The Water Man Synopsis: Hoping to save his sick mother (Rosario Dawson) and grieving father (David Oyelowo), Gunner (Lonnie Chavis) ventures into the remote Wild Horse with a local acquaintance Jo (Amiah Miller) to search for a mythical figure who possesses the secret answer to immortality.
Family films have homogenized into noisy animated offerings, a trend that has left me missing the earnest live-action family efforts of yesteryear. Childhood staples of mine like Holes, Mr. Magorium’s Wonder Emporium, and Where the Wild Things Are exhibited an assured balance between mature themes and approachable storytelling. It was refreshing to see open-hearted films that didn’t speak down to their intelligent young audience.
Leave it to Oscar-nominated star David Oyelowo to spiritually revive the genre with The Water Man. Oyelowo’s directorial debut, a fantastically imagined take on cancer’s pained tolls, sustains a certain level of inconsistency in its adventure-hybrid approach. It’s a challenging tonal line to manage, but the material’s earnest creativity ably elevates the missteps.
In the vein of spirited adventures like Stand By Me and A Monster’s Call, Oyelowo’s film thrives within its sneaky complexion. The director wisely incorporates a colorful lens to depict the childlike wonder permeating the character’s rustic environment, with flourishes like hand-drawn animations and vibrant lighting enhancing the perspective’s dreamy wistfulness. While the imagery may evoke a certain tone, Oyelowo starkly contrasts the optimism through his setting’s dour undertones.
Between Gunner’s terminal mother and Jo’s familial struggles, both characters exhibit how adolescents use their imaginative streaks to rationalize lingering traumas. It certainly helps that his young cast is capable of carrying the narrative load. Lonnie Chavis capably showcases Gunner’s enduring spirit and deeply-seated caring streak, while Amiah Miller has fun as his sharp-tongued friend Jo (Oyelowo, Rosario Dawson, and Alfred Molina also bring much-needed pedigree to supporting roles).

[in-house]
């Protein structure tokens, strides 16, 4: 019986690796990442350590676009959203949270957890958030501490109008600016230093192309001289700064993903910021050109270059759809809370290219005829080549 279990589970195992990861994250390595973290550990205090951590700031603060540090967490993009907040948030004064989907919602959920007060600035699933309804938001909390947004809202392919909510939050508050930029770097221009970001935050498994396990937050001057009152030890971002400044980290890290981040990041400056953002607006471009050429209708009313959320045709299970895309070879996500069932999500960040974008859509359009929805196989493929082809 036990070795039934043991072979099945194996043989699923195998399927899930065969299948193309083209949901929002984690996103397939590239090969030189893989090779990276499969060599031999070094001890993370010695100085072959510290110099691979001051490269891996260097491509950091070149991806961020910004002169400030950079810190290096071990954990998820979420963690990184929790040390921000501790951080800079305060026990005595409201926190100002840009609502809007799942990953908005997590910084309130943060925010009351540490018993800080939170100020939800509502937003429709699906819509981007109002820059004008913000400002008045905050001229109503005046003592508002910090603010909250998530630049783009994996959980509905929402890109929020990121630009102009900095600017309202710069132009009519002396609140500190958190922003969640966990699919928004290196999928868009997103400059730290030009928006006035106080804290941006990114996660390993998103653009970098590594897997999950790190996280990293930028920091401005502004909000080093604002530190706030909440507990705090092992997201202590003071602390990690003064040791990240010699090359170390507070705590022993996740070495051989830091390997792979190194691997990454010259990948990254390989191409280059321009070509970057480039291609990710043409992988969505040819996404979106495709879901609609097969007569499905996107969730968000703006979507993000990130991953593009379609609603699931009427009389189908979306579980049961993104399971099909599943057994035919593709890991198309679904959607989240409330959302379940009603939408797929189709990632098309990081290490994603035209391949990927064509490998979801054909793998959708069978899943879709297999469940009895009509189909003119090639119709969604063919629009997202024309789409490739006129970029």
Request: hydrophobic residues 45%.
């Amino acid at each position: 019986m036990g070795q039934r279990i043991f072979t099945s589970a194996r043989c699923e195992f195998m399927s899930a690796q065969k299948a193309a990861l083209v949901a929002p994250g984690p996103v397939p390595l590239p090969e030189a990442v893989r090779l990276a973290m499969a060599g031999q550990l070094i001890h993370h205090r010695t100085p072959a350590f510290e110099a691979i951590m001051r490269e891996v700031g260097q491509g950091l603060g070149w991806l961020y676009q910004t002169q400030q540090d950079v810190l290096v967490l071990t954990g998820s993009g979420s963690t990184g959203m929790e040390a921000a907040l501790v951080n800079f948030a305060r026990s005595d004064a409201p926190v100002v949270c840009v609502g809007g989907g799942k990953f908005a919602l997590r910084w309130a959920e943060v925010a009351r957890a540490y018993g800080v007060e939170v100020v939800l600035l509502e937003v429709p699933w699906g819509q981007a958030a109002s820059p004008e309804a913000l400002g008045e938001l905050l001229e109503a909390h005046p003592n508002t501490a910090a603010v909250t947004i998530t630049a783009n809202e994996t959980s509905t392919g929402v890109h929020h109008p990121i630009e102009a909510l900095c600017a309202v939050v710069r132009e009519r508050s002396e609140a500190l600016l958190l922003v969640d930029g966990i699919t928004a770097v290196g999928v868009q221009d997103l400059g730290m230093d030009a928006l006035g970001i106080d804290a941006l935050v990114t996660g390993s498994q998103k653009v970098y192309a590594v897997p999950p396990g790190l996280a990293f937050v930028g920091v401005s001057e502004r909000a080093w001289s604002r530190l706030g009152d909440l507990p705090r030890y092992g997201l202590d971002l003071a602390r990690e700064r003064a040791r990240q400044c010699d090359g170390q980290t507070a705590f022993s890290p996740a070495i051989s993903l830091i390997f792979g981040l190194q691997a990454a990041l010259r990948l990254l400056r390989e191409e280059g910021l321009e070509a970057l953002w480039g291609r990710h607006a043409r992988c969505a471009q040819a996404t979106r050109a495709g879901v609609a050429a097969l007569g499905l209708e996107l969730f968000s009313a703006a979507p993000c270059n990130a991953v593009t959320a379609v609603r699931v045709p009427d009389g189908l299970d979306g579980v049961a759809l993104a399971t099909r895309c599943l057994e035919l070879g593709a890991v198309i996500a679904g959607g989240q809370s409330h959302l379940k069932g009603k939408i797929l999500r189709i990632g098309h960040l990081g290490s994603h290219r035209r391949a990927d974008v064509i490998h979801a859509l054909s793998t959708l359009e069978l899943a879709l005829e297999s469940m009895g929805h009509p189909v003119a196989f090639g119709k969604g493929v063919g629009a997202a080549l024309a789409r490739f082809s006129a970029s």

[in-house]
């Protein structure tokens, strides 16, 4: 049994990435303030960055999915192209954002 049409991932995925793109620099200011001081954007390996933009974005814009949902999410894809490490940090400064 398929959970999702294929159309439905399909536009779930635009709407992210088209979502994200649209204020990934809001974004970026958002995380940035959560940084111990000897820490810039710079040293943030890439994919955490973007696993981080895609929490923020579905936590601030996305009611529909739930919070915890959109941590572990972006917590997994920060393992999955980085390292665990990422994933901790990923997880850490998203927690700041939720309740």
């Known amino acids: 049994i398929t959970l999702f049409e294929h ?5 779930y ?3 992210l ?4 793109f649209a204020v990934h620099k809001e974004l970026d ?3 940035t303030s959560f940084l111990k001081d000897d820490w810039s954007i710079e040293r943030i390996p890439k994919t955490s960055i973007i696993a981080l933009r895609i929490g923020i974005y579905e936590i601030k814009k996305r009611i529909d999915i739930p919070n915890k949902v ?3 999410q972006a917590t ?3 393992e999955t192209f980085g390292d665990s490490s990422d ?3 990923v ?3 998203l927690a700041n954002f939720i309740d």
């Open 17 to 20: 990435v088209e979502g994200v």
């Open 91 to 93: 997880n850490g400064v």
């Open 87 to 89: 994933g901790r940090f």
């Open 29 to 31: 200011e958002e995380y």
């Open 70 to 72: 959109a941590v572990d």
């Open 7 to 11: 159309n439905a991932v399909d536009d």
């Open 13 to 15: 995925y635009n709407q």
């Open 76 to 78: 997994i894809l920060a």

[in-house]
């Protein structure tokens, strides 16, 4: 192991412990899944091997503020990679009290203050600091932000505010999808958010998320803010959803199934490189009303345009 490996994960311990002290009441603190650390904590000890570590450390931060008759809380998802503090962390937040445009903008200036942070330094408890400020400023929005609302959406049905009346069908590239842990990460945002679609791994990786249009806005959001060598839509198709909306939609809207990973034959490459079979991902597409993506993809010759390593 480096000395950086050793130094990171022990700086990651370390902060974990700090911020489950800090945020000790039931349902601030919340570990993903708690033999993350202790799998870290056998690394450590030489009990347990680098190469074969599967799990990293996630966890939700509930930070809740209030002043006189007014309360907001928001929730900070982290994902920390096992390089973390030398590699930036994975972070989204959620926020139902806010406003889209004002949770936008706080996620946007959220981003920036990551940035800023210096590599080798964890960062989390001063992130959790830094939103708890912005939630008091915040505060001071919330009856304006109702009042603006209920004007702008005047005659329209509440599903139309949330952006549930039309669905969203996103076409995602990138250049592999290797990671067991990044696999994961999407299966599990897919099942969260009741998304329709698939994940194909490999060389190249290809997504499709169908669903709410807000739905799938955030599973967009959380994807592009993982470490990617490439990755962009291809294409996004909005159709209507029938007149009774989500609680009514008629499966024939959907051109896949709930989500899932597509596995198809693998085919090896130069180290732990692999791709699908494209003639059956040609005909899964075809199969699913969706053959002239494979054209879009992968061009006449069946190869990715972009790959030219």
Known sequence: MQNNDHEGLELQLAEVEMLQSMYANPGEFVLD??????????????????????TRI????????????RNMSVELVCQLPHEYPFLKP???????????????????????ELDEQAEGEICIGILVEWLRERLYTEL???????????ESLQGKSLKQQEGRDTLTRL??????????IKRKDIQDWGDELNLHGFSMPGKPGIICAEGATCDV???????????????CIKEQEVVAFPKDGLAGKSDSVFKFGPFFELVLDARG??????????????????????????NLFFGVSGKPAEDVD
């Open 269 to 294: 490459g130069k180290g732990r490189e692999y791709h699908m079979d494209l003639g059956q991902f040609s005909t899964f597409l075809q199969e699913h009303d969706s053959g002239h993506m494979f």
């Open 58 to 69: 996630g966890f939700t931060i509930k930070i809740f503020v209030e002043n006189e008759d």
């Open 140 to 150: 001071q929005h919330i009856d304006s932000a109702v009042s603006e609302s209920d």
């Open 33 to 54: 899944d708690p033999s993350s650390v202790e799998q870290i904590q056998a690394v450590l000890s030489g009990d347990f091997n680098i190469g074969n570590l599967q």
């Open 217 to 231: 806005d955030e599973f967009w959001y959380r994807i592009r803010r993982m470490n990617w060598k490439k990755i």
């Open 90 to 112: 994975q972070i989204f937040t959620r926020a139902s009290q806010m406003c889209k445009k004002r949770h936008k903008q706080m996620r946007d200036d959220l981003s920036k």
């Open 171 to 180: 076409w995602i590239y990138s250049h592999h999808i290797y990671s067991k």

Despite noble intentions, The Water Man still finds itself in the shadow of its superior counterparts. Screenwriter Emma Needell crafts some intriguing textures within her debut effort, but the film lacks specificity in areas where it counts most. The cancer subplot rests solely on familiar contrivances to capture its human struggle, rarely landing the authentic moments needed to emotionally engage viewers. If the script presented a few more human textures, this story could have been completely revitalized from its traditional devices.
The Water Man implements its nostalgic sensibility with enough craft and ingenuity to make for a sturdy family-friendly deviation.
RLJE Films will release the adventure/drama film THE WATER MAN In Theaters on May 7, 2021.
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